NDMC will remain its own discom, banks on generating own power

Centre's plan to give consumers option to choose power supplier doesn't make any difference here

The Centre’s plan to give consumers flexibility to choose their electricity suppliers may not make much of a difference in areas covered by the the New Delhi Municipal Council NDMC). 

The council is weighing the options of introducing private players in its area. But even with the introduction of private players, the New Delhi Municipal Council (NDMC) will not lose its role of a power discom in its area. It will retain the responsibility of distributing electricity with itself. So the portability debate doesn’t apply to a zone which includes Parliament House, Rashtrapati Bhavan, North Block, South Block and the Supreme Court.

In fact, the council has drawn up ambitious plans to be “power neutral” within the next one year as a part of the “Smart City project”. This means generating enough electricity for itself, including in plants which might be located outside Delhi.

And once it turns power neutral, the role of private players may become irrelevant. However, the waste-to-energy plants being set up by the council will be by private players.

The NDMC area includes VVIP zones, including Parliament House, Rashtrapati Bhavan, North Block, South Block and the Supreme Court.

“Even if we purchase electricity from private companies, our role as a discom will not vanish. The council can change the source of the electricity but will still be the end point of distribution,” says NDMC chairperson Jalaj Shrivastava.

With the VVIP areas and residences of several top government officials under it, security reasons would not make it feasible for the NDMC to hand over its role as the power discom.

“The major government offices and the VVIP areas come under the council area. We cannot shed off our responsibility as the discom in any case,” says Shrivastava.

 “Once we start producing our own energy and can meet the total demands of the council area within the same, the role of private players will be irrelevant. However, we will encourage private players to set up waste-to-energy plants,” says Shrivastava.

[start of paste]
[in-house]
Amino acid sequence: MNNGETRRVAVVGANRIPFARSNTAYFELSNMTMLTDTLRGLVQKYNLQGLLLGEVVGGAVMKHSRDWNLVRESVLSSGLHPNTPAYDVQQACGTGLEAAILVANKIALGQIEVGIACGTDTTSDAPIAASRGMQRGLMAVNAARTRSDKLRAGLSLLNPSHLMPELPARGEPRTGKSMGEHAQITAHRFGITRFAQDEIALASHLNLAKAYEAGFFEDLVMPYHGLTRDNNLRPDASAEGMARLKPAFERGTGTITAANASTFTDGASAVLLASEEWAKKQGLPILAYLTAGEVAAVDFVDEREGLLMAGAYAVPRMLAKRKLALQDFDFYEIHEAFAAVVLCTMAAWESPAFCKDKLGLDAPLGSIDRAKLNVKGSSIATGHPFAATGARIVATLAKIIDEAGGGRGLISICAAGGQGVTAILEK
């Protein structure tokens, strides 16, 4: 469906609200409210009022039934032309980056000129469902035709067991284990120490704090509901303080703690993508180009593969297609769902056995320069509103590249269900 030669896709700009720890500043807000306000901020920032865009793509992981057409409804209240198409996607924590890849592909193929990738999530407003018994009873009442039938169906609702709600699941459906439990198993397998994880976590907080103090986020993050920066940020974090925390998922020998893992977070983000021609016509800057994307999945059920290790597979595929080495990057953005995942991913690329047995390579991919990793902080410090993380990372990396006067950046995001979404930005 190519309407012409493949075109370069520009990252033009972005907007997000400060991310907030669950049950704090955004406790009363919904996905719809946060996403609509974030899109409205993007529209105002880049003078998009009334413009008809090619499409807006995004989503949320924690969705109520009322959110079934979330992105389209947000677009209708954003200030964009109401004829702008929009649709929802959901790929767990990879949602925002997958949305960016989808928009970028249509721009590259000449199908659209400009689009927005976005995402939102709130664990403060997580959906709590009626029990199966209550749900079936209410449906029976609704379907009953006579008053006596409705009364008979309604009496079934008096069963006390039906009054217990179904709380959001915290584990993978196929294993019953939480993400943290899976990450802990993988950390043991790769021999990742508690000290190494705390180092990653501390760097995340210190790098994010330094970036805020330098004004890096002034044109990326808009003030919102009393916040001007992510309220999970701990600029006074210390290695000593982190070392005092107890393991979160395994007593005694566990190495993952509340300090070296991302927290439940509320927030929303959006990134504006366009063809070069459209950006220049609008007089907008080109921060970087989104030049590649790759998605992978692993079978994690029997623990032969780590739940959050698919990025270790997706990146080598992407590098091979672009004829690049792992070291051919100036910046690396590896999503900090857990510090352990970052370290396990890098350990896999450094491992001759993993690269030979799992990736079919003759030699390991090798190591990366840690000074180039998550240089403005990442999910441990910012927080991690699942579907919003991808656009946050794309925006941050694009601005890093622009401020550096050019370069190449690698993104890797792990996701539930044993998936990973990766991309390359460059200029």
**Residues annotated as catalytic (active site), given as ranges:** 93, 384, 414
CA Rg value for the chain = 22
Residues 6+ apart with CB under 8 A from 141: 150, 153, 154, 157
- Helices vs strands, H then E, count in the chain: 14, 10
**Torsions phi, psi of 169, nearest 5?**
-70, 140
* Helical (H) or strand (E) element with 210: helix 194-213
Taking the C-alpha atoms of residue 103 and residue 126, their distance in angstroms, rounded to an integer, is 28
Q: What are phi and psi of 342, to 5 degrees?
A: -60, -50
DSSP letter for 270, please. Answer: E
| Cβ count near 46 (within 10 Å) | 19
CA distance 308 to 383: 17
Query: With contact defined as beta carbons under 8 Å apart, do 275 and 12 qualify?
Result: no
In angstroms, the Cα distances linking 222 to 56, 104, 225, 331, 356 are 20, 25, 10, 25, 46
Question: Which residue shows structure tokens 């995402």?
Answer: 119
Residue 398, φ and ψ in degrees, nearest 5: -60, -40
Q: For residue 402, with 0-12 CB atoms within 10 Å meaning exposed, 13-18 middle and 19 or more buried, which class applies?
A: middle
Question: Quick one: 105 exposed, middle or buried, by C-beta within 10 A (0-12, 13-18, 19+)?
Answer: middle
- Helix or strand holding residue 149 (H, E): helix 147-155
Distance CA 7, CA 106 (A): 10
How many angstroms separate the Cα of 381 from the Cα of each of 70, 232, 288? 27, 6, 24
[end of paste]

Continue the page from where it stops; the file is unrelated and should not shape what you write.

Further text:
Challenge ahead

The NDMC’s challenge lies in buying and selling power. According to the NDMC, it has been running into losses of several crores as it is being compelled to buy and sell electricity as rates fixed by the Delhi Electricity Regulatory Commission (DERC).

“The problem that we are facing is that we have to buy and sell off electricity at fixed rates. Prior to 2006, the NDMC could sell off excess power openly into the market. Now, there is no flexibility and we have to sync in with the rates fixed by the DERC. This has resulted into the NDMC running into loss of several crores. We have run into a loss of Rs 150 crores annually,” says a senior NDMC official.

“However, residents of NDMC area have enjoyed the best tariff rates for several years before it was hiked,” the official adds.

The NDMC is looking at new schemes to experiment with generating power. The council is considering producing around 35 MW of energy through “contract energy farming”.

“The contract to produce electricity will be handed over to a company outside the state. The private company will be responsible for producing the electricity and putting it on the main grid from where we can access the electricity. We can also sell off the surplus electricity,” says Shrivastava. Rajasthan is a likely option though no specific site has been identified yet.

New schemes

The council is also planning to go energy neutral within the next one year.“We will develop into a self-sustenance model in which the council will be able to meet its own demands. By March 2016, the changes of going green will be perceptible,” says Shrivastava.

Apart from that, the council is planning to set up a waste-to-energy plant in RK Puram. 

Equipped with latest technology, the plant will be able to produce 96 MW of energy in a day at the rate of 4MW per hour. Around 100 tonnes of waste will be recovered from 170 tonnes of waste by eliminating metal.

Currently, NDMC areas produce 260 metric tonnes of waste daily. In order to be energy neutral, the council will have to rely on municipal corporations for more waste, says another official.

The council’s ambitious plan of rooftop solar project on residential buildings has not taken off yet. The DERC has not accepted the conditions laid down by the council, says an official. 

Meanwhile, 40 government buildings, including NDMC schools, hospitals, were also identified atop which the council plans to install solar panels. The budget has been set at Rs 1 crore. It is also planning to change streetlights into LED bulbs in the coming months to save energy. 

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